18th Century Sleeve Links

A pair of shank-buttons linked together for the cuff of a lady’s shift or a man’s shirt. Also called “sleeve buttons,” and sometimes (in modern descriptions) as cufflinks.

This notebook page is divided into three sections: extant examples of sleeve links, portraits and illustrations of men and women wearing sleeve links, and places where you can buy your own sleeve links.

A more precise description from Diagnostic Artifacts in Maryland: “button-like clothing attachments that were not actually sewn to the garment. For the most part, this category consists of pairs of buttons attached by a metal chain link or bar, known today as cufflinks. Each button could be inserted into a buttonhole, and the tension between the two buttons connected by the metal link would hold the garment together.”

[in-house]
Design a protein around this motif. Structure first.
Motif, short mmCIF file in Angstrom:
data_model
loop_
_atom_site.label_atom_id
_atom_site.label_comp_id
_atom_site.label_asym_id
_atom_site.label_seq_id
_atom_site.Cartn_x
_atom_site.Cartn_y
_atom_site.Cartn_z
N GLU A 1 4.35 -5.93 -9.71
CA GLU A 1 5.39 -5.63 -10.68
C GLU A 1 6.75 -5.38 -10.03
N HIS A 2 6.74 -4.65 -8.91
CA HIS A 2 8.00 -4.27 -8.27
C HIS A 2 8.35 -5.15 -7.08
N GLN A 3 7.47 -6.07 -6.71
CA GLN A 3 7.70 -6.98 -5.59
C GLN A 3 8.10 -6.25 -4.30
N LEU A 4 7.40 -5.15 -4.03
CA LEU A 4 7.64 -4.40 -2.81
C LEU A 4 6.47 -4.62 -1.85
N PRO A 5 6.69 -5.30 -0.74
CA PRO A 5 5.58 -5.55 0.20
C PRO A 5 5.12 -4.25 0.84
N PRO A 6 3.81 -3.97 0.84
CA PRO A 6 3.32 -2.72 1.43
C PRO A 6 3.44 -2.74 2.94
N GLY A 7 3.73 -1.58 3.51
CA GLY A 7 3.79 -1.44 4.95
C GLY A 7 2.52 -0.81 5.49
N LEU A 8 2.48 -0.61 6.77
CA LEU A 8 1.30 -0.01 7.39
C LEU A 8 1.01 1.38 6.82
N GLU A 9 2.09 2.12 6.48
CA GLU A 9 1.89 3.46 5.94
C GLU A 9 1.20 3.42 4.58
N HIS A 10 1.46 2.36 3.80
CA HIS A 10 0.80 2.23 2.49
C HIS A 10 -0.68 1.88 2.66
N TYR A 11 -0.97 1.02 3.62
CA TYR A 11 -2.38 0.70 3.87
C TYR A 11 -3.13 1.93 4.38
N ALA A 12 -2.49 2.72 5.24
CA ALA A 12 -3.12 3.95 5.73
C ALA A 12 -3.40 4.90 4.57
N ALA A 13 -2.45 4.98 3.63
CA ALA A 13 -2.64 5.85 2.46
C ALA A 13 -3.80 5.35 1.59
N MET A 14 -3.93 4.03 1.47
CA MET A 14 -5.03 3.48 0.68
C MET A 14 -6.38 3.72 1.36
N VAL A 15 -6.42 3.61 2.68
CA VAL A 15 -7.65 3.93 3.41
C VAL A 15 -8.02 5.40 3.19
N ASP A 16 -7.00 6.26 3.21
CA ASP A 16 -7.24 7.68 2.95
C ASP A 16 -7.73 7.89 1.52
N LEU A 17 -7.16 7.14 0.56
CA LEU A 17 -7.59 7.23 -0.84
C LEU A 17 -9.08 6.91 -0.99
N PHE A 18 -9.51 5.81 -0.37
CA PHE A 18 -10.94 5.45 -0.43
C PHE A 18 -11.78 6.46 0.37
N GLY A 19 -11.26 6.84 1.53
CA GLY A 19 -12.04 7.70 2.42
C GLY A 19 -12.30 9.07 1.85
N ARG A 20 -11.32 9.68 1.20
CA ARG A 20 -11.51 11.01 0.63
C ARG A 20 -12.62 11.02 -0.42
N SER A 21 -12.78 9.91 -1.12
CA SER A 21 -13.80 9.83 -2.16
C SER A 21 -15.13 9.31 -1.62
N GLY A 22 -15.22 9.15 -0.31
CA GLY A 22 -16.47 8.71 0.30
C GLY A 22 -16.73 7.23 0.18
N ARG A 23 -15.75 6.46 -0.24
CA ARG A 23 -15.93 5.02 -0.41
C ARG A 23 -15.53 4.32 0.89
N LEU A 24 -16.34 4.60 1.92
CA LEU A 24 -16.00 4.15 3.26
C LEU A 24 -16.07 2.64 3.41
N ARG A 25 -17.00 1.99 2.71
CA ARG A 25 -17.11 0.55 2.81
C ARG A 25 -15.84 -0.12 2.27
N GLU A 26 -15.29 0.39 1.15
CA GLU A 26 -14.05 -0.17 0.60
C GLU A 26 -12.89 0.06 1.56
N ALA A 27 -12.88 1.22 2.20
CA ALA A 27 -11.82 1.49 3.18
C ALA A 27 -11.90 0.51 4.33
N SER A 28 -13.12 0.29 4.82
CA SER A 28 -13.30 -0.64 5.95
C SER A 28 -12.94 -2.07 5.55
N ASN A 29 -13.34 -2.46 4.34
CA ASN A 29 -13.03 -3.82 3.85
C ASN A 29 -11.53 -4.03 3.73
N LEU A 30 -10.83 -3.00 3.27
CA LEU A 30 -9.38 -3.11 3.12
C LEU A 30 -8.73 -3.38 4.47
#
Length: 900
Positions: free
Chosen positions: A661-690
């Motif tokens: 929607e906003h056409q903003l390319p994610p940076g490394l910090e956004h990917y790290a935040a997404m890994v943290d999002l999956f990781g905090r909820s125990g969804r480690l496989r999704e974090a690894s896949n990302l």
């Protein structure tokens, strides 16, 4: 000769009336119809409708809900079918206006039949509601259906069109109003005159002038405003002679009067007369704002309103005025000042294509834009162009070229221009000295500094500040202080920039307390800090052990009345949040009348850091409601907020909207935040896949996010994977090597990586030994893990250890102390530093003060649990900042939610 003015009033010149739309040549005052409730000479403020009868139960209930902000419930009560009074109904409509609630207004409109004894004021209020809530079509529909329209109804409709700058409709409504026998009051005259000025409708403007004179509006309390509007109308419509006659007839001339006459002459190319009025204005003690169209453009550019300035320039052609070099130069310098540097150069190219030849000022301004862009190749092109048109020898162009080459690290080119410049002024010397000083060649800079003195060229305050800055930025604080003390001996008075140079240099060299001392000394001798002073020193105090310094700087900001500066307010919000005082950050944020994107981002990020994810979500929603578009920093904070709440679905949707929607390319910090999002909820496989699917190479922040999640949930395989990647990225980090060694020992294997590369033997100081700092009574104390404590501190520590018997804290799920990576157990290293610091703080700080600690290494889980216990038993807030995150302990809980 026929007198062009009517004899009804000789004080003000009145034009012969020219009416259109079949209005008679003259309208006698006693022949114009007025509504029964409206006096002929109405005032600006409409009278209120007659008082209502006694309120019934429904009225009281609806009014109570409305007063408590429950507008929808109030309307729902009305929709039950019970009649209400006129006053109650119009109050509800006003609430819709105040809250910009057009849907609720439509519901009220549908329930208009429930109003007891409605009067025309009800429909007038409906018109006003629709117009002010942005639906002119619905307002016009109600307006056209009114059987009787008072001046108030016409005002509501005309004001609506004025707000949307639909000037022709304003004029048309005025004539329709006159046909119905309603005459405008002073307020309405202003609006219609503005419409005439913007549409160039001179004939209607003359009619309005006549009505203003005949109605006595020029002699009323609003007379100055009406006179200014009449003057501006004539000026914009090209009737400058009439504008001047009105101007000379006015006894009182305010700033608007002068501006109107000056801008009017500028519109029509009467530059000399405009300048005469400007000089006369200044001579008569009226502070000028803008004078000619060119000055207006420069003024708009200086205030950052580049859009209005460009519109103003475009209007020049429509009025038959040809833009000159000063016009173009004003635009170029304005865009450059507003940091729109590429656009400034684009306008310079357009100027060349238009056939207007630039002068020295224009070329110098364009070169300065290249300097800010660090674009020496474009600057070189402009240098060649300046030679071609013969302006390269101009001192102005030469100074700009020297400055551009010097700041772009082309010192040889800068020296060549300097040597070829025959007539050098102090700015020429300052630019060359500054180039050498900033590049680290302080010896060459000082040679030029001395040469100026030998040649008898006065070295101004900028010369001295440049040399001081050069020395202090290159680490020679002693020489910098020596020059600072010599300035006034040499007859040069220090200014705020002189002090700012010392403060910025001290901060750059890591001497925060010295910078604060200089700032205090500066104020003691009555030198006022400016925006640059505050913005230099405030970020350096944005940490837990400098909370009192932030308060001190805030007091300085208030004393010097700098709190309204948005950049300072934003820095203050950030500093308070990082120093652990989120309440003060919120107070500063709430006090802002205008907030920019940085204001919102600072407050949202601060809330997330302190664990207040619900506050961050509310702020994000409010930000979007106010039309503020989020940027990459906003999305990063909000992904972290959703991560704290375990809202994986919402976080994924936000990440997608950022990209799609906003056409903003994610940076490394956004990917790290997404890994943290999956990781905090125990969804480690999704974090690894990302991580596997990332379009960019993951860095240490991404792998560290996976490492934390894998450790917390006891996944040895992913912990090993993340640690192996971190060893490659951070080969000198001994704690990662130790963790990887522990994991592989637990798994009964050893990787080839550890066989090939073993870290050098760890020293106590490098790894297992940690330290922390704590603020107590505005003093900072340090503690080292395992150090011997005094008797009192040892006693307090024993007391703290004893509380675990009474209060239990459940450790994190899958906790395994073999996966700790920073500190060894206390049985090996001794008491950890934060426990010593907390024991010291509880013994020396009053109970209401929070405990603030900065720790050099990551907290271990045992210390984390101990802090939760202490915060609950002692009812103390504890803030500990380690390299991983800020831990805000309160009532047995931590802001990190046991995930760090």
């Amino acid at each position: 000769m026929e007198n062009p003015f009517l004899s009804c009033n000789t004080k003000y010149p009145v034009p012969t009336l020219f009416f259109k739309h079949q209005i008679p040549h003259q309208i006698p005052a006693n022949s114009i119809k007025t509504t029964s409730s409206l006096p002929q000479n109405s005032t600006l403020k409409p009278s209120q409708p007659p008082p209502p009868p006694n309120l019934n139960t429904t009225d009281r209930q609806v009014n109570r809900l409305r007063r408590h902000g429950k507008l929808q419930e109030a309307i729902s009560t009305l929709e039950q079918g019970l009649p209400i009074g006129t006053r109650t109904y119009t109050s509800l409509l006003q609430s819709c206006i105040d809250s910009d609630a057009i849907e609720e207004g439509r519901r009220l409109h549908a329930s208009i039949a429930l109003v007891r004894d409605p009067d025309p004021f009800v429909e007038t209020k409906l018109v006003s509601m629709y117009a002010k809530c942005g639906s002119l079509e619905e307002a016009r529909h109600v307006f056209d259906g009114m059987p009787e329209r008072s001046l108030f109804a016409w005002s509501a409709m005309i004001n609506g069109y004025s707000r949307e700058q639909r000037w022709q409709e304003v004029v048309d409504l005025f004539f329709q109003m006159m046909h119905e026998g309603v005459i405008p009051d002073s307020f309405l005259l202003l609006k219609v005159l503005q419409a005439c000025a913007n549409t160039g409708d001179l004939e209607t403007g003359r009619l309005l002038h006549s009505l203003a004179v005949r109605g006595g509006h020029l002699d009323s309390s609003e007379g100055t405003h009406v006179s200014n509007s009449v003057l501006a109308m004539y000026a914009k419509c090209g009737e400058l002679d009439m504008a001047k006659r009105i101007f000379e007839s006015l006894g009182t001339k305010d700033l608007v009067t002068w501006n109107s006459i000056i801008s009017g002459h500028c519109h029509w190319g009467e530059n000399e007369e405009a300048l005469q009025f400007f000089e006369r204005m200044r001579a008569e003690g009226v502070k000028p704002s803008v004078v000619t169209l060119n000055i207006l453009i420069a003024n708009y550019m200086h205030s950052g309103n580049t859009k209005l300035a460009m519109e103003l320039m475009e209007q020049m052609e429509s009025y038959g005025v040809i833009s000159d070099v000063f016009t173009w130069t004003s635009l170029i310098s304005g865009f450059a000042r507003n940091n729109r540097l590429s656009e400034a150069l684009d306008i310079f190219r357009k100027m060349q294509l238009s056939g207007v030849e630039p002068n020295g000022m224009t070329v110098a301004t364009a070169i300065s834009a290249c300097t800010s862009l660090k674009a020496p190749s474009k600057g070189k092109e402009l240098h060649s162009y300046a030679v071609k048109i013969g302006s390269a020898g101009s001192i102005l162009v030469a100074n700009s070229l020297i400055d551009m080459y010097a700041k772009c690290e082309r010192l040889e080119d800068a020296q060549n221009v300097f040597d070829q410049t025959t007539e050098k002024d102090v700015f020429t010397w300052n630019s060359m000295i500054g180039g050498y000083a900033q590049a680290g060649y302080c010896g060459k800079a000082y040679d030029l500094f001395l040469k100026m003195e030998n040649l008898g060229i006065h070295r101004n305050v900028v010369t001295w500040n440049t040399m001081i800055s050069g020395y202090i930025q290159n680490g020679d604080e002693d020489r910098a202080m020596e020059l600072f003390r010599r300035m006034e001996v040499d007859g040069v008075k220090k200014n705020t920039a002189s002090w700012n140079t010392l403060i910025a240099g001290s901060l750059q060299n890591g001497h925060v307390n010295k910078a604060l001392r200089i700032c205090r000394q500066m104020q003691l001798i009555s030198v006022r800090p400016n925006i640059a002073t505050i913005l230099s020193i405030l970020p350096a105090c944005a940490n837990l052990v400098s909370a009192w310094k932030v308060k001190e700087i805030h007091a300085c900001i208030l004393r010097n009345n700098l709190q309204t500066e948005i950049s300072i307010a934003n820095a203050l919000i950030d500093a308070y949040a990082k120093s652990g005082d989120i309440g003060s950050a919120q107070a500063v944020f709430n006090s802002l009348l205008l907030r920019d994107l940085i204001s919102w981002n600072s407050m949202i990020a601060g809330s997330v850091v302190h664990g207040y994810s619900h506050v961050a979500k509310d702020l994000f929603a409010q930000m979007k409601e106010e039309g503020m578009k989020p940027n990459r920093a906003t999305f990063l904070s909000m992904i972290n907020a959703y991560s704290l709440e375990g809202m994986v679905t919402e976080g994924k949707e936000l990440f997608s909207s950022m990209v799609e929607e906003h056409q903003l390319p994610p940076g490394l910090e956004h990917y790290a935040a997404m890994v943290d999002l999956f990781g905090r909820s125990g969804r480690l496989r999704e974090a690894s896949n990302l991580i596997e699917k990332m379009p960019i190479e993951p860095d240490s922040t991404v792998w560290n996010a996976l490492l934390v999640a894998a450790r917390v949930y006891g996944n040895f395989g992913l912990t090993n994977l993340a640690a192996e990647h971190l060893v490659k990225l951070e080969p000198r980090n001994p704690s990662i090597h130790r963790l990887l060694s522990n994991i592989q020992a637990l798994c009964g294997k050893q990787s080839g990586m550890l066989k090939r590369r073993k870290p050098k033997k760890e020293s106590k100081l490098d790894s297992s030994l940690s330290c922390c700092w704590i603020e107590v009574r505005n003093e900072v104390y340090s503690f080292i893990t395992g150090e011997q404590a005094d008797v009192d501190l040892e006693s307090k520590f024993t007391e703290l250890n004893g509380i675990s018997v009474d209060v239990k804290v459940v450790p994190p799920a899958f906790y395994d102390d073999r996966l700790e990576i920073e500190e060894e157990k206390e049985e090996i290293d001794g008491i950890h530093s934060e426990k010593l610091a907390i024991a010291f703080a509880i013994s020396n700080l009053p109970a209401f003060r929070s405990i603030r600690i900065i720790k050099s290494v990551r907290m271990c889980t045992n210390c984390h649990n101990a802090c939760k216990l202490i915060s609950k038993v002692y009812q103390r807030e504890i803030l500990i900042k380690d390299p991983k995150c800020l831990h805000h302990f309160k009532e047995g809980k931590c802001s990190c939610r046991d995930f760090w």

Gold sleeve-buttons appear in wills (for example, the wills of William Burnham, 1764, Thomas Fisher, 1771, and John Barclay, 1779).

People wearing sleeve links

Shopping for sleeve links

There are several places online where you can buy reproduction 18th century sleeve links:

In addition, there are several online antique stores selling 18th century sleeve links, and you can often find original 18th century sleeve links on eBay.